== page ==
Asked questions at VeeamON Virtual 2019

VeeamOn Virtual 2019

Last week, I had the pleasure of being one of the experts in the VeeamON Virtual Expert Lounge for both the APAC and Americas events. I also attended the Europe event.

In this blogpost, I’m sharing some of the questions we received and answered, so we can all benefit.



The following questions were asked regarding to Veeam licensing:

How does licensing work for workstation backup? We currently use the free version for workstations, and the enterprise edition for our VMWare virtual machines.

Workstations are protected with Veeam Universal licenses, which are sold in bundles of 10. 1 license will protect 3 workstations, 1 Server, 1 VM, 1 Enterprise app, or 250GB of NAS. Take a look at the editions comparison to determine which edition will work best for you.

We are running per socket perpetual licensing now. We need 10 additional socket licenses. Can we still buy these licenses or are these converted in Universal Licenses?

Perpetual licensing with Veeam is still possible. You can still license sockets. No licenses are automatically converted to the Veeam Universal Licensing (VUL) scheme. License administrator can convert licenses at will in the customer portal.


Tiers and protection

The following questions were asked regarding to scale-out backup repositories, the cloud tier and Cloud Connect:

Is there a Veeam CSP target option for capacity/cloud tier?

If you are running a public S3 Compatible platform that can be a target for the Object Storage Repo. Otherwise you would be looking at offering Cloud Connect Backup as an offsite Cloud Repository.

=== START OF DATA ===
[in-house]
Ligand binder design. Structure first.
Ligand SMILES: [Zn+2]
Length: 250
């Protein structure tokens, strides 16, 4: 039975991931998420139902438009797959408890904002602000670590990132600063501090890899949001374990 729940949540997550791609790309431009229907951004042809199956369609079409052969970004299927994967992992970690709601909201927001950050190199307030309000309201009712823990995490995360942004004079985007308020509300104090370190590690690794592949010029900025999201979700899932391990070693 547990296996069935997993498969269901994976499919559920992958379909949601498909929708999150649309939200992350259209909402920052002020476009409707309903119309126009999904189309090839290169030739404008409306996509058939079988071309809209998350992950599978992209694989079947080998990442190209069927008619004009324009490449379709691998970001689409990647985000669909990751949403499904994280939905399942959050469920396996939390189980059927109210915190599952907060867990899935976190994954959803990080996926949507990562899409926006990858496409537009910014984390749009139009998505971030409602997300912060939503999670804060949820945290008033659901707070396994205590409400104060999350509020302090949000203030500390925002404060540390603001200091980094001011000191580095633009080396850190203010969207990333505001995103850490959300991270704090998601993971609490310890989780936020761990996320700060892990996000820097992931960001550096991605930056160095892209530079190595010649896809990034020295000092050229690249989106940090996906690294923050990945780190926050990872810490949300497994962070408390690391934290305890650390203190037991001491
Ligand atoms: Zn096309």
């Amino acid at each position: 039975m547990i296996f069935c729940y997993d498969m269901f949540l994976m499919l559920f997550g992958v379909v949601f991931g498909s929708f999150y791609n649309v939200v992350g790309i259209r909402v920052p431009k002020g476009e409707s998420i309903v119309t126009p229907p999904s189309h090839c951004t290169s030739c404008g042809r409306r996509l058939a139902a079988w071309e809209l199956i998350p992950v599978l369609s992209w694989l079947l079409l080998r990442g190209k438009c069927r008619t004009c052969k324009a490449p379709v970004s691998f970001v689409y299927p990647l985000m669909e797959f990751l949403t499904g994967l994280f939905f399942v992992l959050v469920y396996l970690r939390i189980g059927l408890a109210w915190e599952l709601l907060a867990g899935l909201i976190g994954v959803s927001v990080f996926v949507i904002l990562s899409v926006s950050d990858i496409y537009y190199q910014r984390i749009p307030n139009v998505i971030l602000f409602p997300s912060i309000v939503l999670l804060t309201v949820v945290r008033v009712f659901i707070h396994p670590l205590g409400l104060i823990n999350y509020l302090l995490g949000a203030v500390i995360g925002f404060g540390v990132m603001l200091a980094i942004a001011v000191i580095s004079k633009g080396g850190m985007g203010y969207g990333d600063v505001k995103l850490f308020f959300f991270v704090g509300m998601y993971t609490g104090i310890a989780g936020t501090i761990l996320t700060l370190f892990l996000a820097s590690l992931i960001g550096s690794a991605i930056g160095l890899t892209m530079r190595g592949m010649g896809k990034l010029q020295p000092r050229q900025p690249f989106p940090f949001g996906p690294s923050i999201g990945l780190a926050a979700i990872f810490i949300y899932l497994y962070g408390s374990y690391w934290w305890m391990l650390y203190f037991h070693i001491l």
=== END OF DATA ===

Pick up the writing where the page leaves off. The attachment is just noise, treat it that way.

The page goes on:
Can the Cloud Connect Repo act as object storage for the cloud tier?

Cloud Connect is a separate technology outside of the Scale Out Backup Repository (SOBR) functionality.

Regarding avoiding Ransomware issues, what is the recommended way to setup my environment? Should the backup server be added to the domain or not? What other things do you recommend?

Anton Gostev's blogpost here sheds some more light and provides links to the smart choices you can make. Remember that these choices may also negatively impact the backup, management and restore processes.

Does Veeam plan to integrate the Kaspersky solution with Secure Backup?

As far as Kaspersky is manageable with a CLI you can use it with Secure Restore, right now.

It was being talked about that you could now restore a backed up physical server straight to a VM on vSphere. Is that same ability available for Hyper-V?

Yes, when you create agent-based backups you can restore wherever you need.



The following questions were asked regarding backing up and restoring cloud services, like Office 365 and Azure Stack:

Are we able to backup the office 365 to on premises disk storage?

Veeam Backup for Microsoft Office 365 (VBO) is Veeam’s standalone product to create backups of data in Office 365 to on-premises storage. It creates backups of data in Exchange Online, SharePoint Online, OneDrive for Business and Teams. Here’s more information.

Are there any performance increases with VBO v4?

Yes, there are significant performance improvements for both SharePoint and OneDrive. It uses multiple accounts to overcome per account throttling.

Will Veeam Backup For Office 365 v4 be able to restore Teams better than Veeam Backup For Office 365 v3

There is no change in the way VBO v4 restores Teams data compared to VBO v3.
Veeam is aware of certain limitations, like restoring a file attachment in a teams chat (restoring the chat including attachments). This functionality is currently missing in the Office 365 APIs.

How about Azure AD backup, are we able to backup to on-premises storage and restore it in the on premises host?

Not at the moment. Take care of different attributes that reside only in Azure AD.

Is Veeam B&R able to communicate with the old Azure Stack or the new Azure Stack HCI?

Yes. Azure Stack HCI leverages Storage Spaces Direct (S2D). This is supported with VBR and not a problem at all – just like any other Hyper-V cluster deployment. The product formerly known as Azure Stack is now called Azure Stack Hub and requires agent-based backups in Veeam. There are now three products from Microsoft with the Azure Stack moniker: